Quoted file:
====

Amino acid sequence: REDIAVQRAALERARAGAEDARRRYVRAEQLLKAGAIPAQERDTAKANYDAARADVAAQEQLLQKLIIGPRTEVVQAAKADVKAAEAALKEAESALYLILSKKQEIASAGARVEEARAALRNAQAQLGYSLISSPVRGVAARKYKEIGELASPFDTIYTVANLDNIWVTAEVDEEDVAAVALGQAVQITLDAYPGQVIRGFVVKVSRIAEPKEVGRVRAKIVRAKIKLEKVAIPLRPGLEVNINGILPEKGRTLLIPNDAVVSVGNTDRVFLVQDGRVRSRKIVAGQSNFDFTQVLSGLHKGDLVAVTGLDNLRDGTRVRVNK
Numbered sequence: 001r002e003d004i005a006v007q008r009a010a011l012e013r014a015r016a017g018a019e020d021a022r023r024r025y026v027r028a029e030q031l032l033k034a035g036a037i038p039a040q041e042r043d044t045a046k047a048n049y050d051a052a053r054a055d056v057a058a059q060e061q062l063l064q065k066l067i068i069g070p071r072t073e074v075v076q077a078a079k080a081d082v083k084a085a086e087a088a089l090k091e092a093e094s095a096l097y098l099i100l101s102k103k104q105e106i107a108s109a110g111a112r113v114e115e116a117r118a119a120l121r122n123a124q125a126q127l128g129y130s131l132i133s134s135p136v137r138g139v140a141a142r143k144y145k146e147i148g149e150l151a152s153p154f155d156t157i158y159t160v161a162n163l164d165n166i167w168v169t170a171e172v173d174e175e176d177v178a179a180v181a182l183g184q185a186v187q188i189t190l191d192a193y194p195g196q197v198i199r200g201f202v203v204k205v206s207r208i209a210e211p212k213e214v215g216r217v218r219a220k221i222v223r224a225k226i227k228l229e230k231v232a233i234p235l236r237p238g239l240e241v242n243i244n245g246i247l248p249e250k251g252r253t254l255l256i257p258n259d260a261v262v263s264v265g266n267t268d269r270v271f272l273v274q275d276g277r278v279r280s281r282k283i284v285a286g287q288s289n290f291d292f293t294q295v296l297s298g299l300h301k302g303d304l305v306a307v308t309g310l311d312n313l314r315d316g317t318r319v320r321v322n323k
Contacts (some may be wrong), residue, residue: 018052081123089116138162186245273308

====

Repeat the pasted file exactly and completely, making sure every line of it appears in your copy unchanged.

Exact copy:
Amino acid sequence: REDIAVQRAALERARAGAEDARRRYVRAEQLLKAGAIPAQERDTAKANYDAARADVAAQEQLLQKLIIGPRTEVVQAAKADVKAAEAALKEAESALYLILSKKQEIASAGARVEEARAALRNAQAQLGYSLISSPVRGVAARKYKEIGELASPFDTIYTVANLDNIWVTAEVDEEDVAAVALGQAVQITLDAYPGQVIRGFVVKVSRIAEPKEVGRVRAKIVRAKIKLEKVAIPLRPGLEVNINGILPEKGRTLLIPNDAVVSVGNTDRVFLVQDGRVRSRKIVAGQSNFDFTQVLSGLHKGDLVAVTGLDNLRDGTRVRVNK
Numbered sequence: 001r002e003d004i005a006v007q008r009a010a011l012e013r014a015r016a017g018a019e020d021a022r023r024r025y026v027r028a029e030q031l032l033k034a035g036a037i038p039a040q041e042r043d044t045a046k047a048n049y050d051a052a053r054a055d056v057a058a059q060e061q062l063l064q065k066l067i068i069g070p071r072t073e074v075v076q077a078a079k080a081d082v083k084a085a086e087a088a089l090k091e092a093e094s095a096l097y098l099i100l101s102k103k104q105e106i107a108s109a110g111a112r113v114e115e116a117r118a119a120l121r122n123a124q125a126q127l128g129y130s131l132i133s134s135p136v137r138g139v140a141a142r143k144y145k146e147i148g149e150l151a152s153p154f155d156t157i158y159t160v161a162n163l164d165n166i167w168v169t170a171e172v173d174e175e176d177v178a179a180v181a182l183g184q185a186v187q188i189t190l191d192a193y194p195g196q197v198i199r200g201f202v203v204k205v206s207r208i209a210e211p212k213e214v215g216r217v218r219a220k221i222v223r224a225k226i227k228l229e230k231v232a233i234p235l236r237p238g239l240e241v242n243i244n245g246i247l248p249e250k251g252r253t254l255l256i257p258n259d260a261v262v263s264v265g266n267t268d269r270v271f272l273v274q275d276g277r278v279r280s281r282k283i284v285a286g287q288s289n290f291d292f293t294q295v296l297s298g299l300h301k302g303d304l305v306a307v308t309g310l311d312n313l314r315d316g317t318r319v320r321v322n323k
Contacts (some may be wrong), residue, residue: 018052081123089116138162186245273308